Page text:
What voltage is your unit wired to? 220 volts or 110 volts? The unit is wired for 220 volts from the factory. If it's wired to 110 volts without the required internal wiring changes, you should see the voltage and amperage running at about half the normal operating amps and volts.
    Sean Assam - Sean@teamhorner.com
    National Accounts and Commercial Products Manager
    AquaCal Heat Pumps www.aquacal.com
    AutoPilot Salt Chlorine Generators www.autopilot.com

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    Re: Cell End of Life?

    Quote Originally Posted by Poolsean
    Lurch,

    Remove the cell and inspect the two outer blades. If they appear shorter in length than the ones between them, your cell is dead and needs to be replaced.

    The main error displays are, Purifier Off - Check Flow, Check/Clean Cell, Low Amps/Cell?, and Bad Temp Sensor.
    Your cell amps and volts are more consistent with Low Amps/Cell?
    This may be caused by;
    a failed cell, see above recommended inspection.
    bad cell cord connection, inspect both ends of the cell cord for discoloration or damage
    or failed cell fuse/power circuit board, not recommended to check unless you're comfortable with electronics and test meters.

    I'm a little surprised that you've had this display since its been installed. Have you had the installer come back out to check this, or called our customer service to address this?

    What voltage is your unit wired to? 220 volts or 110 volts? The unit is wired for 220 volts from the factory. If it's wired to 110 volts without the required internal wiring changes, you should see the voltage and amperage running at about half the normal operating amps and volts.
    Wow, thanks for the response Sean! It's the Low Amps/Cell? message I get. I'll check the cell tonight and take pictures of the cell cord. Is there an obvious way to know if I'm wired to 220 or 110? The circuit breaker is right next to all of my equipment.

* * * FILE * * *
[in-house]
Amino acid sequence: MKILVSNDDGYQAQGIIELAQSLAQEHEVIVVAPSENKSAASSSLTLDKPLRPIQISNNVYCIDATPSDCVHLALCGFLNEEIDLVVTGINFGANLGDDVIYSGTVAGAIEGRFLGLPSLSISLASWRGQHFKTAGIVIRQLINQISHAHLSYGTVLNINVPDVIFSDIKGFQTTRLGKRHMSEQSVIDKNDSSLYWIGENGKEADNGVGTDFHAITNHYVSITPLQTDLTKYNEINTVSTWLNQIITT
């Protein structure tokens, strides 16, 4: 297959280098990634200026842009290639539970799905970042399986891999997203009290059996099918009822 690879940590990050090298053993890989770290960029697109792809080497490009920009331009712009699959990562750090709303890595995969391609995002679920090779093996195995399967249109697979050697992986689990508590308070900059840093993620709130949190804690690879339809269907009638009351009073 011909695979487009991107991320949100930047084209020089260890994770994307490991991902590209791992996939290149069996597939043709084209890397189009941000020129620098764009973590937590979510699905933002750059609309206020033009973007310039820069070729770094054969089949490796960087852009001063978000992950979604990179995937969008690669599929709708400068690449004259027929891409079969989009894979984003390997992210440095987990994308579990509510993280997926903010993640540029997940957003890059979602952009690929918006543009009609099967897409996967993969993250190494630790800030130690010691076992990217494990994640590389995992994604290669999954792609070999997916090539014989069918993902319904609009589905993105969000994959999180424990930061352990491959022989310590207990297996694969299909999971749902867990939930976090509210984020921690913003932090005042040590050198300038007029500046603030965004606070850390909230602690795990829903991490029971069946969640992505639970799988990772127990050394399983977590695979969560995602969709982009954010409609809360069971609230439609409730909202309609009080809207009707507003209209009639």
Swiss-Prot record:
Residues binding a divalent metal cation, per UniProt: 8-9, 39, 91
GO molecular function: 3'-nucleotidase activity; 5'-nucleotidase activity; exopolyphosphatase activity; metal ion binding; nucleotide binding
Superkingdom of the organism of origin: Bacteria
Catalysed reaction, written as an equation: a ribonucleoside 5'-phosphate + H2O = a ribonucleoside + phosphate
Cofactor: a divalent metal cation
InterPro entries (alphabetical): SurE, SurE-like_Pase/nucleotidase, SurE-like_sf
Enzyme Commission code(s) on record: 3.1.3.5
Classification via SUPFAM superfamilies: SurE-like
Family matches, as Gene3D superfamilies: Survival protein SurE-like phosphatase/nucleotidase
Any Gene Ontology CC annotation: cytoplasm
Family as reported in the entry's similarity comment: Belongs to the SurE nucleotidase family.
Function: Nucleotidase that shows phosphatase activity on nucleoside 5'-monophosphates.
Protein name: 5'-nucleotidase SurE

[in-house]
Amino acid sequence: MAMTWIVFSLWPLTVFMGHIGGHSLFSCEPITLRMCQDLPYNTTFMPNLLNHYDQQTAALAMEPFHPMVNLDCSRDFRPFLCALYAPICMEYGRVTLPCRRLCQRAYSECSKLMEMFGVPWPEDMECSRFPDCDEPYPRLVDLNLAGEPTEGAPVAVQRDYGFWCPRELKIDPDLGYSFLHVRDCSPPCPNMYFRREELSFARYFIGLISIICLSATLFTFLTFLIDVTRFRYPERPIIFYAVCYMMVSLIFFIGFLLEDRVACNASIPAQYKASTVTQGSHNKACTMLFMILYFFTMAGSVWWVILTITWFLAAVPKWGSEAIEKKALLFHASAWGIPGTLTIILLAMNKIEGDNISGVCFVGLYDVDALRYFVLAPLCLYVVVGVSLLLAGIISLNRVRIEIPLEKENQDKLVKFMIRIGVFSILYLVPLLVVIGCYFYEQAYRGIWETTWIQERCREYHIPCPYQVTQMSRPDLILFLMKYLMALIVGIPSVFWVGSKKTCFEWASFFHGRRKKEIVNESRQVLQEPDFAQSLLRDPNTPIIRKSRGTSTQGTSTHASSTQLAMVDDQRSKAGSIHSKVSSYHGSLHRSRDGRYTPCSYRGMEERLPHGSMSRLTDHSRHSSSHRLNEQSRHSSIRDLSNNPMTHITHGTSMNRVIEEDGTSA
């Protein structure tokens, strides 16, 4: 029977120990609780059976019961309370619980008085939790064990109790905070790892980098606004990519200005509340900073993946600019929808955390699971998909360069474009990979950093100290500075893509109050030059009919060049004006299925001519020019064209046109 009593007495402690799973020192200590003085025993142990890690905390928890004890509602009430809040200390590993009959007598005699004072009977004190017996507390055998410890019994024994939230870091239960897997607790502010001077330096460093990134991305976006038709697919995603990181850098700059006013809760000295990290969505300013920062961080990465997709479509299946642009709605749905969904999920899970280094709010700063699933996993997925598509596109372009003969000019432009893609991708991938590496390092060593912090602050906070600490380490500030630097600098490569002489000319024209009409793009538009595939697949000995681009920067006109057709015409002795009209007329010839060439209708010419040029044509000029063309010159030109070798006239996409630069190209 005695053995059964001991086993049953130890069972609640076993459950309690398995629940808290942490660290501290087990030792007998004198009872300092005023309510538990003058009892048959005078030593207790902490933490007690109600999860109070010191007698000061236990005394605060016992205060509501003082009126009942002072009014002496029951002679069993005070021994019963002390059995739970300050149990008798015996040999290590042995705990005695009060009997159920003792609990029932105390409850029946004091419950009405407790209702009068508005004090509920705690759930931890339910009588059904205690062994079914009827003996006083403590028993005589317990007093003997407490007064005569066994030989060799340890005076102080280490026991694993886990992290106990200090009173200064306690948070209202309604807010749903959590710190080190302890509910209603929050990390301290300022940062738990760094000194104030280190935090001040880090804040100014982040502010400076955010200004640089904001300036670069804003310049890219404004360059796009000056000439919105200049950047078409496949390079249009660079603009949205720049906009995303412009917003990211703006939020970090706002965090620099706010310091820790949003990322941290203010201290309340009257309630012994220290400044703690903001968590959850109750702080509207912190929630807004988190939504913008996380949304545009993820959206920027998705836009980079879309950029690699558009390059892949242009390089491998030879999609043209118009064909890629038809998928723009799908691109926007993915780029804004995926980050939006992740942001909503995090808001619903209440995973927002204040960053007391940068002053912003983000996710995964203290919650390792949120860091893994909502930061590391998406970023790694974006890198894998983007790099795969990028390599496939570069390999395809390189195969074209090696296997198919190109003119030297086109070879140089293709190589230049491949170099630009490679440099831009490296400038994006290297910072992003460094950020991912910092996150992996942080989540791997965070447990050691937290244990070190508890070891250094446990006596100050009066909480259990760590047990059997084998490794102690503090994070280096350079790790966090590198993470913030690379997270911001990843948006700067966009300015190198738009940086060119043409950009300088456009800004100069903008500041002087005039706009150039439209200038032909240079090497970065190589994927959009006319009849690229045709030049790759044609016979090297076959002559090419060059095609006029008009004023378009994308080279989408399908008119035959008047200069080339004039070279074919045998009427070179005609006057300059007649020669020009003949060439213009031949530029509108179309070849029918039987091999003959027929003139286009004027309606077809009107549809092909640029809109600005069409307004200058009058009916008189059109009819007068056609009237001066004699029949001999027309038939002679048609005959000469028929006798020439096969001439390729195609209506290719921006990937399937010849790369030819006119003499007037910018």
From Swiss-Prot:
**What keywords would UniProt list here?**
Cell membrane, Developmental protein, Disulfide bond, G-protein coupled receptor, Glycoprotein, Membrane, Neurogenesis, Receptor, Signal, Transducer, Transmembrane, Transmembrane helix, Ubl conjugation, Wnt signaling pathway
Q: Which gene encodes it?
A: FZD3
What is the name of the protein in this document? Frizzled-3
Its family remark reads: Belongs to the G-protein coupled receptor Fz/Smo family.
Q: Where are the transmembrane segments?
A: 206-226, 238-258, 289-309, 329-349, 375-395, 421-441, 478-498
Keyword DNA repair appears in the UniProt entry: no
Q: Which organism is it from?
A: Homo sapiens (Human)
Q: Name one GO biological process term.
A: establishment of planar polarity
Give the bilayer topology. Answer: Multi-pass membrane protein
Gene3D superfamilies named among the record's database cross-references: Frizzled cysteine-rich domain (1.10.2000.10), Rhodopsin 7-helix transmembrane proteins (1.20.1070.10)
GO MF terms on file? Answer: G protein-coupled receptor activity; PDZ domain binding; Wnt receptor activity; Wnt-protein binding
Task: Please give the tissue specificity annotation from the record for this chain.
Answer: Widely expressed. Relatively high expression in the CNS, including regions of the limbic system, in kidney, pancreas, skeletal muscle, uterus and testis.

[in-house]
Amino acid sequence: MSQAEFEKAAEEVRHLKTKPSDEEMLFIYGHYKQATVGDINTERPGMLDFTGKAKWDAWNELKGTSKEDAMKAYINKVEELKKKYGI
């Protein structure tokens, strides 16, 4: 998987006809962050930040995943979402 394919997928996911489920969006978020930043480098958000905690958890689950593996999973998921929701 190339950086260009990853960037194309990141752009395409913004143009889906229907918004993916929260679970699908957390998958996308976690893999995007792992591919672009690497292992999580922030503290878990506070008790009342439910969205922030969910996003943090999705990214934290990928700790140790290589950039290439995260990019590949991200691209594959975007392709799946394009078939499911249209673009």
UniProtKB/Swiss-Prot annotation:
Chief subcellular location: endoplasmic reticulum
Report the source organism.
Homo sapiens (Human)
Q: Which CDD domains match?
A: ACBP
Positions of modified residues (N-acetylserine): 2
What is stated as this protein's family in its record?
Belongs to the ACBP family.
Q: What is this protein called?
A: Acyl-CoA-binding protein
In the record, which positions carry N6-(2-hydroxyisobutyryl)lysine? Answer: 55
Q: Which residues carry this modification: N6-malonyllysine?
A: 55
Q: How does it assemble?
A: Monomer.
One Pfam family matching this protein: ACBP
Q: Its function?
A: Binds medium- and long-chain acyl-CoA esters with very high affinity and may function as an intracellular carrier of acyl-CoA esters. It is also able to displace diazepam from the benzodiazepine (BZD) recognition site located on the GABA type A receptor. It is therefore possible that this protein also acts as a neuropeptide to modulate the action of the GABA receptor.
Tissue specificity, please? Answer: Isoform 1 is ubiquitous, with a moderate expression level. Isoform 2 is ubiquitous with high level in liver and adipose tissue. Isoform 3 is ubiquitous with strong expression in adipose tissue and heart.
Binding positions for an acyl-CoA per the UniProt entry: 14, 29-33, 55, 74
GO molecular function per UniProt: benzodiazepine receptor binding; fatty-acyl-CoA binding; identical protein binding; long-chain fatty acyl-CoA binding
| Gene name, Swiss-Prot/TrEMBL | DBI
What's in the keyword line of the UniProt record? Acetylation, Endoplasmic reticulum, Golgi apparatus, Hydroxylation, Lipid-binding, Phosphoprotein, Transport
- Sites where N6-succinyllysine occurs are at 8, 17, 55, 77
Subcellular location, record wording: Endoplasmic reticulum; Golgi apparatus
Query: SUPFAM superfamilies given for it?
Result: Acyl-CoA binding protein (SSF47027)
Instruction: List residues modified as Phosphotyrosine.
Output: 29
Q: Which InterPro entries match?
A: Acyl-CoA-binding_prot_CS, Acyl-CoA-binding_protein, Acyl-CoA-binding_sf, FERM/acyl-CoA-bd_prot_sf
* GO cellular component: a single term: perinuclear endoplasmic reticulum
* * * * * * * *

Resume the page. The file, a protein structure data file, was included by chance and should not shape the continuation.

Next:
I called your support about it the first week I got everything turned on in our pool (when pool was built) and at the time they just suggested I check all of my chemicals. I found it was producing a lot of Chloriine despite the warning, so it just never got my attention again until now.
    ~17,000 Gallons, IG-pebble, DE, SWG

  6. Back To Top    #6

    Join Date
    Apr 2007
    Location
    Ft Lauderdale, Florida
    Posts
    1,455

    Re: Cell End of Life?

    Quote Originally Posted by lurch
    Wow, thanks for the response Sean! It's the Low Amps/Cell? message I get. I'll check the cell tonight and take pictures of the cell cord. Is there an obvious way to know if I'm wired to 220 or 110? The circuit breaker is right next to all of my equipment.
    Follow the conduit from the Digital unit to where it's connected. It should be connected to the same spot as the pump wires. If so, it's just a matter of what voltage the pump is.
    If they are connected to an Intermatic time clock, the model number on the timer door will identify the voltage.
    Usually a T101 = 110 volts, or T104 = 220 volts. The "T" and "1" may be different, but the 01 and 04 should be the same.
    Sean Assam - Sean@teamhorner.com
    National Accounts and Commercial Products Manager
    AquaCal Heat Pumps www.aquacal.com
    AutoPilot Salt Chlorine Generators www.autopilot.com